Dog Owners’ Perceptions and Behaviors Related to the Disposal of Pet Waste in City of Boulder Open Space and Mountain Parks
Keywords:Depreciative behavior, dogs, leash, Leave No Trace, open space, pet waste, Theory of Planned Behavior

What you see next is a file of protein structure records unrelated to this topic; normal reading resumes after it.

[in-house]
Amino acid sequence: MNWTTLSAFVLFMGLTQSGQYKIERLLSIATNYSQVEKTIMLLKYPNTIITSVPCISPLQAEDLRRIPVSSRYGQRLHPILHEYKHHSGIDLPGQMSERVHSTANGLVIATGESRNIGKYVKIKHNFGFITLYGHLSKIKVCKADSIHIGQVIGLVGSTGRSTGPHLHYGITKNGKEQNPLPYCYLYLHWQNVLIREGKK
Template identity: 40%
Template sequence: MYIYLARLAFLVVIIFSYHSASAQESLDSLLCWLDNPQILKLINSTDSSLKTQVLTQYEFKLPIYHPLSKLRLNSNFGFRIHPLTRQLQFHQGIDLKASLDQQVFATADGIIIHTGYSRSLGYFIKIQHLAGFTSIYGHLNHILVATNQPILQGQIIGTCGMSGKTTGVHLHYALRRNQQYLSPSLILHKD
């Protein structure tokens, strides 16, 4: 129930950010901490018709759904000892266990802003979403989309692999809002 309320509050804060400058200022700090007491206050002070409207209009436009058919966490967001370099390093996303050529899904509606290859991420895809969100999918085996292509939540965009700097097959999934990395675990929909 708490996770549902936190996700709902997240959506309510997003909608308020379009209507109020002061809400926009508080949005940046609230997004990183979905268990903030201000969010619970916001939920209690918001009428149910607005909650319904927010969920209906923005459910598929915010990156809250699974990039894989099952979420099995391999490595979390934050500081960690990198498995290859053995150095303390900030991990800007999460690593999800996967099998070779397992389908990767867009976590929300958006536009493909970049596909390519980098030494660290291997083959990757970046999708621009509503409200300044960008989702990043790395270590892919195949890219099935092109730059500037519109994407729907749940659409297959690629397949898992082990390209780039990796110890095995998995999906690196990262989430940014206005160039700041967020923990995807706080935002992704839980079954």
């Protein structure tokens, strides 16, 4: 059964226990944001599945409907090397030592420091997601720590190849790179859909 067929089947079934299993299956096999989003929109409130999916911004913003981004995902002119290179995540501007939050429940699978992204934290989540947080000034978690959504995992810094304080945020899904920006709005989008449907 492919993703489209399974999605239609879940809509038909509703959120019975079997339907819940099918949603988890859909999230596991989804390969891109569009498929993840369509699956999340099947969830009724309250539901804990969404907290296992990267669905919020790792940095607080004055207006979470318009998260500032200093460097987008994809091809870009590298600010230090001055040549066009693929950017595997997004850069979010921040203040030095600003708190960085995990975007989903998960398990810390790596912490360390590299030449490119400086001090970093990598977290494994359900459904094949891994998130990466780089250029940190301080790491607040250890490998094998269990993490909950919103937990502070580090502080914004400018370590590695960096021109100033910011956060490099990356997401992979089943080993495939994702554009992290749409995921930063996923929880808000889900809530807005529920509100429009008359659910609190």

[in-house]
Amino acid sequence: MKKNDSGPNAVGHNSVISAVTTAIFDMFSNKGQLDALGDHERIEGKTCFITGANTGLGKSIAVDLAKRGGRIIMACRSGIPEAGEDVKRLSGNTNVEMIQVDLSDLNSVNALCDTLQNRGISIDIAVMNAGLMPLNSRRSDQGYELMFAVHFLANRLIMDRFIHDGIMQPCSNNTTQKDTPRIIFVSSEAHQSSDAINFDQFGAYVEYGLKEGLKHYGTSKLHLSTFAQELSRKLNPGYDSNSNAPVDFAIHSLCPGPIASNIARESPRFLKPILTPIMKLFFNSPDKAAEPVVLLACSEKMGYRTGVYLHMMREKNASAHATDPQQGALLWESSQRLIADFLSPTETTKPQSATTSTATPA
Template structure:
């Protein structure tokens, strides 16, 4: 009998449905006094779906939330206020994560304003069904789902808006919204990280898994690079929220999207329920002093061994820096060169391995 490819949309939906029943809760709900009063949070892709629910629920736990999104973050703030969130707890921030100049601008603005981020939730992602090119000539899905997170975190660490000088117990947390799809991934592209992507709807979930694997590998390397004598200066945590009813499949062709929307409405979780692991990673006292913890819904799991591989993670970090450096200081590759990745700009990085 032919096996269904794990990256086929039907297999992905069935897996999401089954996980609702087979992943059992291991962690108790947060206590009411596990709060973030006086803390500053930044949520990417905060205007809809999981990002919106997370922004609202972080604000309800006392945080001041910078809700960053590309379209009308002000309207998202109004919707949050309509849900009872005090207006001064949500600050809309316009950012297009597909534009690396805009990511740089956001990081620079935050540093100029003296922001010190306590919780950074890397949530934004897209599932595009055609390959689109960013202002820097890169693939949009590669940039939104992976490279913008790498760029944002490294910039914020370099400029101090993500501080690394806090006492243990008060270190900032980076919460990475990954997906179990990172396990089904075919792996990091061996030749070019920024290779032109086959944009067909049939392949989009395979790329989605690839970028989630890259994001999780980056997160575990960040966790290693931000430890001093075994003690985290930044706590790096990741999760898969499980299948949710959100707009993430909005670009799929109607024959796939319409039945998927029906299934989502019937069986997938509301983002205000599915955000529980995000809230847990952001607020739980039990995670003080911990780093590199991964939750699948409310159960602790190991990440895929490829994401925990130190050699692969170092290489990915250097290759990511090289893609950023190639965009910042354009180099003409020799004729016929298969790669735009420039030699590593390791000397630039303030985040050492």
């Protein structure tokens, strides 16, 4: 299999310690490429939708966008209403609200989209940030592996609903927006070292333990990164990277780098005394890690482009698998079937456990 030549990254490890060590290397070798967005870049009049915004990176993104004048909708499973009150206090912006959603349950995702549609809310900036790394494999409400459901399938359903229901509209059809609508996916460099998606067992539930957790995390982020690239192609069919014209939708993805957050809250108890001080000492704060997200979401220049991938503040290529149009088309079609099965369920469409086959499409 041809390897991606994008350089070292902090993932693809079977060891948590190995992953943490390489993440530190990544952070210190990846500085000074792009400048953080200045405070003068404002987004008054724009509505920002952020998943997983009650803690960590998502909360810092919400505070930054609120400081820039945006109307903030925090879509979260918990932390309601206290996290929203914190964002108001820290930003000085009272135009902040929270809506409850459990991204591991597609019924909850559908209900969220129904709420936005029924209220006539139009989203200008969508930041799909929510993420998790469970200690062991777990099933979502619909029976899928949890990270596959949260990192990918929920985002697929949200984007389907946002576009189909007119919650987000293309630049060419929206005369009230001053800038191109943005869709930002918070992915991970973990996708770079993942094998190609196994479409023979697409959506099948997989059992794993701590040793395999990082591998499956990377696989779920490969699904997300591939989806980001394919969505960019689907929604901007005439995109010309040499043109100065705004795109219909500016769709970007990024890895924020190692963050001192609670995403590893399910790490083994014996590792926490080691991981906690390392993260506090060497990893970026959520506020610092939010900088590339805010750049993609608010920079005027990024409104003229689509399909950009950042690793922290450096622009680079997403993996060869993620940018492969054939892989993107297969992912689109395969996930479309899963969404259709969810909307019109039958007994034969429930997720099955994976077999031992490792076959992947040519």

AbstractThis study explored dog guardian behaviors and self-reported perceptions regarding the disposal of dog waste on Open Space and Mountain Parks (OSMP) lands in Boulder, Colorado, in an effort to increase compliance with proper disposal practices. We utilized direct observations of dog owners and their behaviors regarding pet waste, and separate self-reported surveys to examine dog owners’ perceptions of waste disposal on OSMP lands. The Theory of Planned Behavior served as a framework to explore how dog owners’ attitudes, norms, and perceived behavioral control might influence behavioral intentions, as well as self-reported current behavior, regarding the disposal of pet waste on OSMP lands. Finally, this study explored potential management techniques that may influence dog owners to properly dispose of waste on OSMP lands in the future. Data were collected across 10 sites, for total of n=541 observations and n=386 surveys. Canine defecation and human behavioral response occurred n=102 times during the n=541 observations, and overall 73.5% of dog owners properly (i.e., bag waste and immediately take all bags) disposed of waste. Without considering immediate disposal in a trash or compost receptacle, owners with dogs on-leash were significantly more likely to bag their pets’ waste than owners with dogs off-leash. When both bagging waste and immediately disposing of waste in a waste or compost receptacle are considered, owners with dogs on-leash had a tendency (~11% more likely) to bag and immediately take pet waste for disposal. Perceived behavioral control was the construct that most significantly correlated with behavioral intent regarding proper disposal of dog waste. Many respondents reported that additional trash or compost receptacles and bag dispensers along trails would make them more likely to follow recommended practices related to the disposal of pet waste in the future. These results suggest that management should consider the following: designating more on-leash-only sites because compliance is substantially higher when dogs are on-leash; establishing on-leash segments along the first quarter of a mile from all trailheads; installing an additional trash and/or compost receptacle and bag dispenser, specifically one quarter of a mile from the trailheads. Pairing these with educational strategies that inform pet owners to not leave bagged pet waste for later disposal, while highlighting the ease of immediately bagging waste and carrying it to a trash or compost receptacle may further increase compliance. Subscribe to JPRA
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